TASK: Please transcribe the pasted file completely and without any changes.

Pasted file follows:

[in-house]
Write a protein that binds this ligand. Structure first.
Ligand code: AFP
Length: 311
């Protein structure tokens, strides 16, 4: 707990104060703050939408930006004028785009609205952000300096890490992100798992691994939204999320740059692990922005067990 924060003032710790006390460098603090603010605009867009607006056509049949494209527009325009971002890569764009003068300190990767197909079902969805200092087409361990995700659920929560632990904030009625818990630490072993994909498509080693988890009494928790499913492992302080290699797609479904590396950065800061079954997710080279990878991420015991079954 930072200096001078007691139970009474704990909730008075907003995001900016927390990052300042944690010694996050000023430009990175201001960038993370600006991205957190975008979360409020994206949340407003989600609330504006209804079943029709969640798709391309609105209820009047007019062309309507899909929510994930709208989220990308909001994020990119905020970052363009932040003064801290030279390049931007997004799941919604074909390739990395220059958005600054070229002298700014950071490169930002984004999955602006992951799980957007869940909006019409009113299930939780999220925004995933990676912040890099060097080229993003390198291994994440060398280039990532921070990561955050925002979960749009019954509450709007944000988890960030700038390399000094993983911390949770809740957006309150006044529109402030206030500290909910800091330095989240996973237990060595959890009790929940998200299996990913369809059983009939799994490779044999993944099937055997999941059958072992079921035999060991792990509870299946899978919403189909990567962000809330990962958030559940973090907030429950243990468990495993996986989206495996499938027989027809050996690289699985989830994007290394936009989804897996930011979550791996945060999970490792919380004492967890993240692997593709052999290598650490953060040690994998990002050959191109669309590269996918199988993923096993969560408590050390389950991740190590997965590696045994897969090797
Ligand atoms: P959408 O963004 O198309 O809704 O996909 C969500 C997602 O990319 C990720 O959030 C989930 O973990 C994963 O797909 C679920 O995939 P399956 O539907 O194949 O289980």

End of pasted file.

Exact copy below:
[in-house]
Write a protein that binds this ligand. Structure first.
Ligand code: AFP
Length: 311
């Protein structure tokens, strides 16, 4: 707990104060703050939408930006004028785009609205952000300096890490992100798992691994939204999320740059692990922005067990 924060003032710790006390460098603090603010605009867009607006056509049949494209527009325009971002890569764009003068300190990767197909079902969805200092087409361990995700659920929560632990904030009625818990630490072993994909498509080693988890009494928790499913492992302080290699797609479904590396950065800061079954997710080279990878991420015991079954 930072200096001078007691139970009474704990909730008075907003995001900016927390990052300042944690010694996050000023430009990175201001960038993370600006991205957190975008979360409020994206949340407003989600609330504006209804079943029709969640798709391309609105209820009047007019062309309507899909929510994930709208989220990308909001994020990119905020970052363009932040003064801290030279390049931007997004799941919604074909390739990395220059958005600054070229002298700014950071490169930002984004999955602006992951799980957007869940909006019409009113299930939780999220925004995933990676912040890099060097080229993003390198291994994440060398280039990532921070990561955050925002979960749009019954509450709007944000988890960030700038390399000094993983911390949770809740957006309150006044529109402030206030500290909910800091330095989240996973237990060595959890009790929940998200299996990913369809059983009939799994490779044999993944099937055997999941059958072992079921035999060991792990509870299946899978919403189909990567962000809330990962958030559940973090907030429950243990468990495993996986989206495996499938027989027809050996690289699985989830994007290394936009989804897996930011979550791996945060999970490792919380004492967890993240692997593709052999290598650490953060040690994998990002050959191109669309590269996918199988993923096993969560408590050390389950991740190590997965590696045994897969090797
Ligand atoms: P959408 O963004 O198309 O809704 O996909 C969500 C997602 O990319 C990720 O959030 C989930 O973990 C994963 O797909 C679920 O995939 P399956 O539907 O194949 O289980």